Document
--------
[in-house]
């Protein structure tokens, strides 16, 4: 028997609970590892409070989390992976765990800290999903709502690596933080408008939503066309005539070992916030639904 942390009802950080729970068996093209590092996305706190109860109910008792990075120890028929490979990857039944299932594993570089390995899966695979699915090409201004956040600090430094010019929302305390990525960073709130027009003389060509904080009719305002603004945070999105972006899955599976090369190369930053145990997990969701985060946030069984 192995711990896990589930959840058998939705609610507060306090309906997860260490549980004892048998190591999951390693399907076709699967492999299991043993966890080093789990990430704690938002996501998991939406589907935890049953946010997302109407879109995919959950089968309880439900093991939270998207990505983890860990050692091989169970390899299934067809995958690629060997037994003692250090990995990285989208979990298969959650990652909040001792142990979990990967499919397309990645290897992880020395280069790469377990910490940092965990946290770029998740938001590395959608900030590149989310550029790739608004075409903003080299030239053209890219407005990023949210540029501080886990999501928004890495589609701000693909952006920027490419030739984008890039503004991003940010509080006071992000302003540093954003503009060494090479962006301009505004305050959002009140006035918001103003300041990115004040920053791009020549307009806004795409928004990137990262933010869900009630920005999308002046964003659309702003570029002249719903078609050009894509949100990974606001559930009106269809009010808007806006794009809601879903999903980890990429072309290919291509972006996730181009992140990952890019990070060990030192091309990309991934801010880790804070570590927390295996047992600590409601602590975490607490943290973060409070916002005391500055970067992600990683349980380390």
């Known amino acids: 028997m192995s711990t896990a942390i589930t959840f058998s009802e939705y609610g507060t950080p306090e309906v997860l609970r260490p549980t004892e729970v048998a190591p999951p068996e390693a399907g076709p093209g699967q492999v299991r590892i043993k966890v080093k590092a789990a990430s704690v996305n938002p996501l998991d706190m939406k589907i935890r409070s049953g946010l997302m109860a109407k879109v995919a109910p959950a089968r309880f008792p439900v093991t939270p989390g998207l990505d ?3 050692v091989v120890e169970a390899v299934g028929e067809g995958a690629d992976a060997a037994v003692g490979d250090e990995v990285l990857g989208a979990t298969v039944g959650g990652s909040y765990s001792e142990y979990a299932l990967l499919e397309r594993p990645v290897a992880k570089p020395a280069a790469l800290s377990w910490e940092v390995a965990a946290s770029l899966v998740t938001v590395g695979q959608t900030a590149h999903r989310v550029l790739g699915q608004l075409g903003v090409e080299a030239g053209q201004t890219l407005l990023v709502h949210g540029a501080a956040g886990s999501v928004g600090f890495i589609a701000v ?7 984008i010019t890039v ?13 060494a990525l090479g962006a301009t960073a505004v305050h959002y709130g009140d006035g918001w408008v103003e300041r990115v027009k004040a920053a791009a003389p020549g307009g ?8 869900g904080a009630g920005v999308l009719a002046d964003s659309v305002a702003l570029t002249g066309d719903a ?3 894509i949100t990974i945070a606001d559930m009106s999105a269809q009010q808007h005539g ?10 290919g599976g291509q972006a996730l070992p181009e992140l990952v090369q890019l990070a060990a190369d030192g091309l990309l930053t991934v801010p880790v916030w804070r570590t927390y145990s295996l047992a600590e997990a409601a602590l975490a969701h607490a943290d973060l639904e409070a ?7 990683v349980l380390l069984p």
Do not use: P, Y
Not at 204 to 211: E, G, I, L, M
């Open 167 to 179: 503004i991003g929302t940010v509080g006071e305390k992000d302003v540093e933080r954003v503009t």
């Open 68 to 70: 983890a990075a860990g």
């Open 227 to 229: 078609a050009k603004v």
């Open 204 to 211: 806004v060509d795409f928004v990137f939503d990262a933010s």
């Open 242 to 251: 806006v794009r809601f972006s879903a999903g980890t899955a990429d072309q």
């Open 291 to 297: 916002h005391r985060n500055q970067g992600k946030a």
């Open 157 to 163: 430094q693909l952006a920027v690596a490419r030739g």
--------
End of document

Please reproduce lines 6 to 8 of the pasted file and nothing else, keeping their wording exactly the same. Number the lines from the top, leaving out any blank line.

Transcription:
């Open 167 to 179: 503004i991003g929302t940010v509080g006071e305390k992000d302003v540093e933080r954003v503009t």
């Open 68 to 70: 983890a990075a860990g």
């Open 227 to 229: 078609a050009k603004v």